If the polls are anywhere close to accurate, the result of the next general election is a foregone conclusion. The Conservatives are tanking and the only imponderable is the scale of the defeat but even that can be narrowed down to somewhere between a catastrophe and total annihilation. For a party that won an 80-seat majority just four years ago, it would be unprecedented.
Experienced staff at Conservative Campaign Headquarters (CCHQ) are said to be jumping ship to be replaced by naive young things who haven’t yet learned to read the writing on the wall as clearly as the 45 or so Tory MPs who have already wisely announced plans to step down at the next election.
Others are hedging bets and have persuaded the Parliamentary Standards Authority to double their redundancy pay, while recent prospective by-election candidates are so ashamed they have taken to distancing themselves from the prime minister and the Tory brand altogether in the hope voters won’t connect them with their own party. It’s a strategy I suppose, albeit an unusual one.
Party finances are said to be in a mess as donations slump, according to The Telegraph.
Things have got so bad that Isaac Levido, the Australian elections strategist credited with helping Boris Johnson to a stunning win in 2019, seems to have thrown in the towel already. He appears to have concluded that having a disastrous defeat on his CV may not be terribly helpful to his future career as a political genius. Levido is said to be devoting a paltry one day a week to the 2024 campaign, dismaying many Tory MPs.
A rabble without a cause
The last time the Conservative Party was semi-united was in 2019, marching up the hill behind Johnson to ‘get Brexit done’, a policy which close to two thirds of the electorate now see as a mistake of historic proportions. This is hardly a good launching pad for 2024. Johnson has now departed of course and writes vapid pieces for The Daily Mail while in the ranks, squabbles have broken out over how to use their new-found Brexit ‘freedom’ as they all stare into the abyss.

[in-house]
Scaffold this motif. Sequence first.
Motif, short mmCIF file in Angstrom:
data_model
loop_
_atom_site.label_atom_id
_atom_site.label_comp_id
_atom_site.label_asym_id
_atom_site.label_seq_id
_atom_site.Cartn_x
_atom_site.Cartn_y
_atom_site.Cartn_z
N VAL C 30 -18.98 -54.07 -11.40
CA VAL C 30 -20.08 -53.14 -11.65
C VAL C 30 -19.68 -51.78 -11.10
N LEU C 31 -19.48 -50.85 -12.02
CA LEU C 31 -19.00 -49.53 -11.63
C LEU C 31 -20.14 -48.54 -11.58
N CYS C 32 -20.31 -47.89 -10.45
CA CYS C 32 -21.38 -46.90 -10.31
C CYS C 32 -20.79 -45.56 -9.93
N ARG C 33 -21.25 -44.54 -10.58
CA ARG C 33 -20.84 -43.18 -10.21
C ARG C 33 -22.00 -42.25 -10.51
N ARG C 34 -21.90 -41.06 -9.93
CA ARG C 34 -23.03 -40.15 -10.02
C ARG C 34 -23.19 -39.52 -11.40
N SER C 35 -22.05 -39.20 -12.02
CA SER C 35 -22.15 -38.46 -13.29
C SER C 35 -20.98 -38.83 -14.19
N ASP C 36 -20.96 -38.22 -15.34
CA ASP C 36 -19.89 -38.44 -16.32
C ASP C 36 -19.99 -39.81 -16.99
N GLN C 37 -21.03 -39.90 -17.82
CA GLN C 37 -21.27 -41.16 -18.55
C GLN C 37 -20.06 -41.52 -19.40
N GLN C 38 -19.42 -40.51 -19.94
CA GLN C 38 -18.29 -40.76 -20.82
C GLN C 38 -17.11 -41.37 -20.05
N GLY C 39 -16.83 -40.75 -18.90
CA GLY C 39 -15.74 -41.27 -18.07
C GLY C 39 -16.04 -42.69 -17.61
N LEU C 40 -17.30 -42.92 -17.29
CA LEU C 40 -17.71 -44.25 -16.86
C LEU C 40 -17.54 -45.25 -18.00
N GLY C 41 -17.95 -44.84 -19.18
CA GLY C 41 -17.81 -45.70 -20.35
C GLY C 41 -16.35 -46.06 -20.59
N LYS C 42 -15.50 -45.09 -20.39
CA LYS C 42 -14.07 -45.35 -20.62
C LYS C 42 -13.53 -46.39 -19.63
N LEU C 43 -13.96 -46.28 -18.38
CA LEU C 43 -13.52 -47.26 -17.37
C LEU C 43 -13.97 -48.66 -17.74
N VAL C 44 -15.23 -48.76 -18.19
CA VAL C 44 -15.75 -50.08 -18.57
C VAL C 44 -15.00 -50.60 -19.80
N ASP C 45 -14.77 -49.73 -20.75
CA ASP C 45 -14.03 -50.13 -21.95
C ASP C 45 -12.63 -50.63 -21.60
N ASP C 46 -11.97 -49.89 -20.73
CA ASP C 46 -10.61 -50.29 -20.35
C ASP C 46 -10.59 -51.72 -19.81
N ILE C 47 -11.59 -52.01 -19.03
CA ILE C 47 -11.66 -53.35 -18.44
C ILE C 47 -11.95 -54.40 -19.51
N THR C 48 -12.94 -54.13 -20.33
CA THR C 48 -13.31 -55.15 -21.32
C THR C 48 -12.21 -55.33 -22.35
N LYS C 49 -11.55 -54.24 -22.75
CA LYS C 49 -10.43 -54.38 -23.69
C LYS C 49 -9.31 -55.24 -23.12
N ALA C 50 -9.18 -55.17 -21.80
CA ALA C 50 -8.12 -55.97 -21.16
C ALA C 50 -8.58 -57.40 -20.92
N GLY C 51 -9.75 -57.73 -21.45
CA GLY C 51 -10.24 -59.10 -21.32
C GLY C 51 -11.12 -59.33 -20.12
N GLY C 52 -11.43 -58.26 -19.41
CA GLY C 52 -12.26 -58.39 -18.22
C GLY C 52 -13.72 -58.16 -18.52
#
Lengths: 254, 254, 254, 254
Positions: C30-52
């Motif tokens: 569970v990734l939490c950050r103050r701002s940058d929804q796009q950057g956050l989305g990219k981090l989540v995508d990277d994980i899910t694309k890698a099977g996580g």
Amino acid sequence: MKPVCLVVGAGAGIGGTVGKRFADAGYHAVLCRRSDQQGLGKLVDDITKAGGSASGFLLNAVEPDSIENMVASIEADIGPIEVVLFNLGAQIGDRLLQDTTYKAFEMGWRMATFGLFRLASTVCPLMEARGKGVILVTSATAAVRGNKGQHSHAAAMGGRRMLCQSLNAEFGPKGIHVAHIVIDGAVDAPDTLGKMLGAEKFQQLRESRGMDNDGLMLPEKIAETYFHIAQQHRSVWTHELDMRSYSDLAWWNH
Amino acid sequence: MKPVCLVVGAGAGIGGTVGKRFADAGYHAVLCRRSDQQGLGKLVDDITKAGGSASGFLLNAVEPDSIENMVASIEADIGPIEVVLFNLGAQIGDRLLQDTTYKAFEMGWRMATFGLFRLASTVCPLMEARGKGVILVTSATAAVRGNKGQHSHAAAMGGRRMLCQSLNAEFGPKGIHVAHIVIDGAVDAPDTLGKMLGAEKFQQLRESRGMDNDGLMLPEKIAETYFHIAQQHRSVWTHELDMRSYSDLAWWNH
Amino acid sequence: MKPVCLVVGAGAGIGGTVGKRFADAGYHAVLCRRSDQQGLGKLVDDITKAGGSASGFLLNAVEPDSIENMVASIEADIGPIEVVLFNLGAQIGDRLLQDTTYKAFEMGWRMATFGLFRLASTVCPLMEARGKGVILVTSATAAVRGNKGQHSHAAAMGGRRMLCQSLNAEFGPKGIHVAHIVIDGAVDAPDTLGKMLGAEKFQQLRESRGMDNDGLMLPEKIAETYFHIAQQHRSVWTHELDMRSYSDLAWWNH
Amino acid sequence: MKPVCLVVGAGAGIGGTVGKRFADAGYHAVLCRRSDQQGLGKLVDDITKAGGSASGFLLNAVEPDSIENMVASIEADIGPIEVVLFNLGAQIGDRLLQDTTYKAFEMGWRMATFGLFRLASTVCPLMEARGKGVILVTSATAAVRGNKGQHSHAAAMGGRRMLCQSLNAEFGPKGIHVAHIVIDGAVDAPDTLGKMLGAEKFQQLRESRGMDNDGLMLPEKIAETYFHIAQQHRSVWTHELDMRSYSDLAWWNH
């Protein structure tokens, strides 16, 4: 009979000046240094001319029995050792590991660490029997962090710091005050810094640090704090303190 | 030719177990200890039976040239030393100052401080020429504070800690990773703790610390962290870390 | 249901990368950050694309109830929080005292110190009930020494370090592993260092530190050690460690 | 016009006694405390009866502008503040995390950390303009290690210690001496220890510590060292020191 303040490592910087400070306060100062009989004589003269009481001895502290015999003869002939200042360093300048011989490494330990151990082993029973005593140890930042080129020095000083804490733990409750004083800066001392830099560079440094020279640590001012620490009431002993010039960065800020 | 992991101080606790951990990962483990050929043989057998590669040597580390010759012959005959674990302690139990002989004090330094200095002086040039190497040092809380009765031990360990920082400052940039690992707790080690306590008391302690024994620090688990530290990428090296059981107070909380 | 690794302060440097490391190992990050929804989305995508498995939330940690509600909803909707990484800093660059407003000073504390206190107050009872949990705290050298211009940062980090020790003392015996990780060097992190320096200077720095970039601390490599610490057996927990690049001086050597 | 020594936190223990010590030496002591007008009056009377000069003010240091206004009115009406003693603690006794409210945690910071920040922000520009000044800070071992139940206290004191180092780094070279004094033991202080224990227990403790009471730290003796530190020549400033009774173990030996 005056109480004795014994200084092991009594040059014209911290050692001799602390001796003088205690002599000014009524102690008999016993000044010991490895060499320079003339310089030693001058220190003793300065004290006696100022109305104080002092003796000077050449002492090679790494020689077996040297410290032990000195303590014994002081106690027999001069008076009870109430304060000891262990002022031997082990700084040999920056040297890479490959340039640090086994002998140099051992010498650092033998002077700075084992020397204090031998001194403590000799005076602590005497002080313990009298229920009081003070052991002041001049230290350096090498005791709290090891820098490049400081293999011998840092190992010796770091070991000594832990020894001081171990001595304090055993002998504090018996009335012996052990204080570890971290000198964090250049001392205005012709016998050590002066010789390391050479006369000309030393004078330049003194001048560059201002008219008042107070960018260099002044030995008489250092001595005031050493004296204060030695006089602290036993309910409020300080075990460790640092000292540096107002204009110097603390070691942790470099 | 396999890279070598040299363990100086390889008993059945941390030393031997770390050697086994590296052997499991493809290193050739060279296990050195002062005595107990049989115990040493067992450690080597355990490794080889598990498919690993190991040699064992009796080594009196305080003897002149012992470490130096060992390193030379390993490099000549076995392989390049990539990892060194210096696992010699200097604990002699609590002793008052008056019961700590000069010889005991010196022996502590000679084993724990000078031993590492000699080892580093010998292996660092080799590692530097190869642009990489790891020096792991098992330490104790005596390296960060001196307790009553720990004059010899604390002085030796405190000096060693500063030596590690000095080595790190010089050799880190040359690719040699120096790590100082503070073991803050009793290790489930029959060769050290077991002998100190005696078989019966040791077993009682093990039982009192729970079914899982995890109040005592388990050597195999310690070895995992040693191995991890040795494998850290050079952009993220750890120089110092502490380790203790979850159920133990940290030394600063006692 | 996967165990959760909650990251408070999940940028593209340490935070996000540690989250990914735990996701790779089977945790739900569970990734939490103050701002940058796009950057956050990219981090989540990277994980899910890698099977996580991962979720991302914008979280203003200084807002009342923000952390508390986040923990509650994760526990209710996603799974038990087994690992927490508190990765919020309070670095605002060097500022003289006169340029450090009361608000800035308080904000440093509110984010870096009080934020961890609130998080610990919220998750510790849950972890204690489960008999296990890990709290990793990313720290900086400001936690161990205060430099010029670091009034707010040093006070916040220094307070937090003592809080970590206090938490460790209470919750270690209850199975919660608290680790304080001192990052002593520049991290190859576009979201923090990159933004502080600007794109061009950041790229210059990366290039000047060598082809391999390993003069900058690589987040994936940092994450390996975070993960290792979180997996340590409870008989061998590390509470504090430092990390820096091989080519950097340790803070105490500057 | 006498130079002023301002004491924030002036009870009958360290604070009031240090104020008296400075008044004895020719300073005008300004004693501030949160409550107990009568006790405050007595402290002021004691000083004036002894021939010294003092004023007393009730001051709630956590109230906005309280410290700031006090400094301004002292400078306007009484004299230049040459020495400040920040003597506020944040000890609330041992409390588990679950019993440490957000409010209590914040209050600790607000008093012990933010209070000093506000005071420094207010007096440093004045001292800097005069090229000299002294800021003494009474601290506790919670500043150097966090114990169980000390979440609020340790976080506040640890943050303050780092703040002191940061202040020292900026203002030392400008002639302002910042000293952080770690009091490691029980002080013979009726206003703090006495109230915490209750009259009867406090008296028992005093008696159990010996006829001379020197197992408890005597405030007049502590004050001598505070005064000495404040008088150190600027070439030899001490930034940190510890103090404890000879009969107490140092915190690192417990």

It’s as if Brexiters spent decades fixated on freeing us from Brussels but never gave a moment’s thought about what they would do afterwards and now look at each other blankly. Any ideas? No, have you?
Faction ridden, bereft of any workable plans around which a majority might coalesce (a post-Brexit problem identified by Dominic Cummings as early 2015) and devoid of any coherent platform or purpose beyond its own immediate survival, the party has become a rabble without a cause.
Nadine Dorries, Tory MP for mid-Bedfordshire, who has finally resigned 78 days after promising to quit ‘immediately’, confirms it in a vitriolic attack on the prime minister who she accused of lacking any “grand political vision for the people of this country to hold on to”.
Rishi Sunak, she says is “demeaning his office” and running a “zombie parliament where nothing meaningful has happened”. Eviscerating but undeniable.
Thirteen wasted years
Harold Wilson’s winning three-word slogan from the 1964 general election (there’s little new in politics) was “thirteen wasted years” and actually came after what we now look back on as a ‘golden age’ with steadily rising prosperity driven by a near 40% increase in real wages.
By comparison, the last thirteen have been a story of abject failure in every possible way. Living standards have fallen, wages stagnated and inflation is in danger of becoming endemic. It takes natural ineptitude to deliver record taxation combined with third world public services but the Conservatives have somehow contrived to do it, and with surprisingly little effort.